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Hemolysis induced by an extreme mountain ultra-marathon is not associated with a decrease in total red blood cell volume.
Scand J Med Sci Sports. 2014 Feb; 24(1):18-27.SJ

Abstract

Prolonged running is known to induce hemolysis. It has been suggested that hemolysis may lead to a significant loss of red blood cells; however, its actual impact on the erythrocyte pool is unknown. Here, we test the hypothesis that prolonged running with high hemolytic potential decreases total red blood cell volume (RCV). Hemolysis (n = 22) and RCV (n = 19) were quantified in ultra-marathon runners before and after a 166-km long mountain ultra-endurance marathon (RUN) with 9500 m of altitude gain/loss. Assessment of total hemoglobin mass (Hbmass) and RCV was performed using a carbon monoxide rebreathing technique. RUN induced a marked acute-phase response and promoted hemolysis, as shown by a decrease in serum haptoglobin (P < 0.05). Elevated serum erythropoietin concentration and reticulocyte count after RUN were indicative of erythropoietic stimulation. Following RUN, runners experienced hemodilution, mediated by a large plasma volume expansion and associated with a large increase in plasma aldosterone. However, neither Hbmass nor RCV were found to be altered after RUN. Our findings indicate that mechanical/physiological stress associated with RUN promotes hemolysis but this has no impact on total erythrocyte volume. We therefore suggest that exercise 'anemia' is entirely due to plasma volume expansion and not to a concomitant decrease in RCV.

Authors+Show Affiliations

Medical Department, National School for Skiing and Mountaineering, Site of the National School for Mountain Sports, Chamonix, France.No affiliation info availableNo affiliation info availableNo affiliation info availableNo affiliation info availableNo affiliation info availableNo affiliation info availableNo affiliation info availableNo affiliation info availableNo affiliation info available

Pub Type(s)

Journal Article

Language

eng

PubMed ID

22672635

Citation

Robach, P, et al. "Hemolysis Induced By an Extreme Mountain Ultra-marathon Is Not Associated With a Decrease in Total Red Blood Cell Volume." Scandinavian Journal of Medicine & Science in Sports, vol. 24, no. 1, 2014, pp. 18-27.
Robach P, Boisson RC, Vincent L, et al. Hemolysis induced by an extreme mountain ultra-marathon is not associated with a decrease in total red blood cell volume. Scand J Med Sci Sports. 2014;24(1):18-27.
Robach, P., Boisson, R. C., Vincent, L., Lundby, C., Moutereau, S., Gergelé, L., Michel, N., Duthil, E., Féasson, L., & Millet, G. Y. (2014). Hemolysis induced by an extreme mountain ultra-marathon is not associated with a decrease in total red blood cell volume. Scandinavian Journal of Medicine & Science in Sports, 24(1), 18-27. https://doi.org/10.1111/j.1600-0838.2012.01481.x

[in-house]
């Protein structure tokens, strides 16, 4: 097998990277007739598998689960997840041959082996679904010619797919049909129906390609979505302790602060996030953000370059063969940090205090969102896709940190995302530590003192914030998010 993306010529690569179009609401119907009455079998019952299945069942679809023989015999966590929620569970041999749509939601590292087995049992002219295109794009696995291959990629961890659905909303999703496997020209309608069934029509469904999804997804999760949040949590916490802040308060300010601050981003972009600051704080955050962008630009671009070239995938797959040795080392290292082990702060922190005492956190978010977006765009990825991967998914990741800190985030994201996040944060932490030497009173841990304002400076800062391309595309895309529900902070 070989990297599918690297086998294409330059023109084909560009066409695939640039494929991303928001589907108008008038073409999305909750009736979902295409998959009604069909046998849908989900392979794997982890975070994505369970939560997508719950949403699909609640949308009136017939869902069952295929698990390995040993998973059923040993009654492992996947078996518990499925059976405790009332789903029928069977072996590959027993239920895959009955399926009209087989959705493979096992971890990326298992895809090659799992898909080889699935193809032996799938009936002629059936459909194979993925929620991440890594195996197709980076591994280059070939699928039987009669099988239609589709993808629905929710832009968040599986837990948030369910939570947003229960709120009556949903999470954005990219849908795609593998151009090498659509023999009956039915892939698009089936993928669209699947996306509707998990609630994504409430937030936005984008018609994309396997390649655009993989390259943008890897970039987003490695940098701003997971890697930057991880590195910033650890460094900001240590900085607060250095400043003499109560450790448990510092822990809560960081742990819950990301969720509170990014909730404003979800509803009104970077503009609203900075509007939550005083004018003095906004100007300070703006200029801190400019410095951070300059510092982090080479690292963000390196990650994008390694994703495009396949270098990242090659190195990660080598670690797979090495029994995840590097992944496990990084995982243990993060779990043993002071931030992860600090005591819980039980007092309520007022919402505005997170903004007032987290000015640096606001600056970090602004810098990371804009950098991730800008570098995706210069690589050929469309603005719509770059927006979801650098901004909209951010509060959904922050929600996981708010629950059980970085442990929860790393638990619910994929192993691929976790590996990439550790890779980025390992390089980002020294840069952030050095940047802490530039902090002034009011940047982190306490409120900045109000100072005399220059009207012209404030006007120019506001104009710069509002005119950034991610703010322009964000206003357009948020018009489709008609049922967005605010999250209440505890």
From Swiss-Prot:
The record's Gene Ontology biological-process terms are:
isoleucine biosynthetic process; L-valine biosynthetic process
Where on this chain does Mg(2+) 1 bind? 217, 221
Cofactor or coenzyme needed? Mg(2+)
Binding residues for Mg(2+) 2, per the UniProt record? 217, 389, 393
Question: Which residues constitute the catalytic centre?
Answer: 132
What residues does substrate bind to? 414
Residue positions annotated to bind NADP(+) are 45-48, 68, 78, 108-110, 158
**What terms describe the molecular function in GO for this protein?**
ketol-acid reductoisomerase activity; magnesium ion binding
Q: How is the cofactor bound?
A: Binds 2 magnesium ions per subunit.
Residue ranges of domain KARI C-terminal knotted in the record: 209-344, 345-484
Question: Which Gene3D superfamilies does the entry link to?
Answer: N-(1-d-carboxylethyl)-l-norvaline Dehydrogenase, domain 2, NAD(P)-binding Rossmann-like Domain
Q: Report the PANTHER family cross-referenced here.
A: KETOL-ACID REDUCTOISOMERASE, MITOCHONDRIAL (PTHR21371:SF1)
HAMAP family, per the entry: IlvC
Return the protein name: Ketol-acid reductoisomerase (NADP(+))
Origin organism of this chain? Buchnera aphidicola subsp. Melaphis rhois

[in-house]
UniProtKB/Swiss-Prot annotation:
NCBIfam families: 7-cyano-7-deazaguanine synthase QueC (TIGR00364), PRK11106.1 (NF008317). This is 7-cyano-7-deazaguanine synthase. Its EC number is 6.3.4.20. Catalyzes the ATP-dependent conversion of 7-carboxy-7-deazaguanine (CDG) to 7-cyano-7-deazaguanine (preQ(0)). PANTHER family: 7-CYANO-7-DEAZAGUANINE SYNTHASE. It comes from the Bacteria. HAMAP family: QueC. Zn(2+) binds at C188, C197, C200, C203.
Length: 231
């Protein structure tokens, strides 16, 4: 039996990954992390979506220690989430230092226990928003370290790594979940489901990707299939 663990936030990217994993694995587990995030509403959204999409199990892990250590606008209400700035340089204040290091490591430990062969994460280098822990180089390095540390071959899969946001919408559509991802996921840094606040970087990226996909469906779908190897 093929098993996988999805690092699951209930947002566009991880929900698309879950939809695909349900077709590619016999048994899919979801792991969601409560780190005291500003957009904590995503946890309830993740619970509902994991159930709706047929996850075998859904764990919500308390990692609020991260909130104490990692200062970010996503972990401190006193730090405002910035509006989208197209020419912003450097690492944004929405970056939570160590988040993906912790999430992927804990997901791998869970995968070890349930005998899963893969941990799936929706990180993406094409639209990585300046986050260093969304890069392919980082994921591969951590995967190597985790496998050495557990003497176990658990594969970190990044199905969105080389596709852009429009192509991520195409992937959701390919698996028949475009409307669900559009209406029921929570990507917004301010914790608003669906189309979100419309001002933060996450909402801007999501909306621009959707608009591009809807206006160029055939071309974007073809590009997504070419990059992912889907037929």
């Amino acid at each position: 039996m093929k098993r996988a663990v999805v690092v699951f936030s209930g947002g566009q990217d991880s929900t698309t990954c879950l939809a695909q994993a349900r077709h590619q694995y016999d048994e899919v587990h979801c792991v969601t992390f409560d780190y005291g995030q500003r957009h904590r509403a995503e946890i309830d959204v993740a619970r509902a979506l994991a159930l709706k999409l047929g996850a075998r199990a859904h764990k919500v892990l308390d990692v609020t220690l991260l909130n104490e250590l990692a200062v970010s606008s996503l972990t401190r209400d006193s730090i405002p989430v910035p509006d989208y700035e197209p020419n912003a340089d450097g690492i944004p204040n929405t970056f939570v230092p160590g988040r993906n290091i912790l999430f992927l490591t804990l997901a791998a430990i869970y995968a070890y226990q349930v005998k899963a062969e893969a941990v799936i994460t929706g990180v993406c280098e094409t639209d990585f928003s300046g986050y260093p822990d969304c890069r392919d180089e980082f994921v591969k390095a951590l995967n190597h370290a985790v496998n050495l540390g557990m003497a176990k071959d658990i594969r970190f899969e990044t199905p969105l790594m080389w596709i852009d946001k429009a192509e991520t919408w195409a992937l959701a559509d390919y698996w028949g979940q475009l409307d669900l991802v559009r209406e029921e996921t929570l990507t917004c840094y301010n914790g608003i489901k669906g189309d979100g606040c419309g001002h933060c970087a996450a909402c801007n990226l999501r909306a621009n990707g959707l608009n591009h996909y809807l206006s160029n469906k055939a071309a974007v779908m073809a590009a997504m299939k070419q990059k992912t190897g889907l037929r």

Robach P, et al. Hemolysis Induced By an Extreme Mountain Ultra-marathon Is Not Associated With a Decrease in Total Red Blood Cell Volume. Scand J Med Sci Sports. 2014;24(1):18-27. PubMed PMID: 22672635.
* Article titles in AMA citation format should be in sentence-case
TY - JOUR T1 - Hemolysis induced by an extreme mountain ultra-marathon is not associated with a decrease in total red blood cell volume. AU - Robach,P, AU - Boisson,R-C, AU - Vincent,L, AU - Lundby,C, AU - Moutereau,S, AU - Gergelé,L, AU - Michel,N, AU - Duthil,E, AU - Féasson,L, AU - Millet,G Y, Y1 - 2012/06/05/ PY - 2012/04/17/accepted PY - 2012/6/8/entrez PY - 2012/6/8/pubmed PY - 2014/9/30/medline KW - hemolysis KW - plasma volume KW - running KW - total red blood cell volume KW - ultra-endurance SP - 18 EP - 27 JF - Scandinavian journal of medicine & science in sports JO - Scand J Med Sci Sports VL - 24 IS - 1 N2 - Prolonged running is known to induce hemolysis. It has been suggested that hemolysis may lead to a significant loss of red blood cells; however, its actual impact on the erythrocyte pool is unknown. Here, we test the hypothesis that prolonged running with high hemolytic potential decreases total red blood cell volume (RCV). Hemolysis (n = 22) and RCV (n = 19) were quantified in ultra-marathon runners before and after a 166-km long mountain ultra-endurance marathon (RUN) with 9500 m of altitude gain/loss. Assessment of total hemoglobin mass (Hbmass) and RCV was performed using a carbon monoxide rebreathing technique. RUN induced a marked acute-phase response and promoted hemolysis, as shown by a decrease in serum haptoglobin (P < 0.05). Elevated serum erythropoietin concentration and reticulocyte count after RUN were indicative of erythropoietic stimulation. Following RUN, runners experienced hemodilution, mediated by a large plasma volume expansion and associated with a large increase in plasma aldosterone. However, neither Hbmass nor RCV were found to be altered after RUN. Our findings indicate that mechanical/physiological stress associated with RUN promotes hemolysis but this has no impact on total erythrocyte volume. We therefore suggest that exercise 'anemia' is entirely due to plasma volume expansion and not to a concomitant decrease in RCV. SN - 1600-0838 UR - https://www.unboundmedicine.com/medline/citation/22672635/Hemolysis_induced_by_an_extreme_mountain_ultra_marathon_is_not_associated_with_a_decrease_in_total_red_blood_cell_volume_ L2 - https://doi.org/10.1111/j.1600-0838.2012.01481.x DB - PRIME DP - Unbound Medicine ER -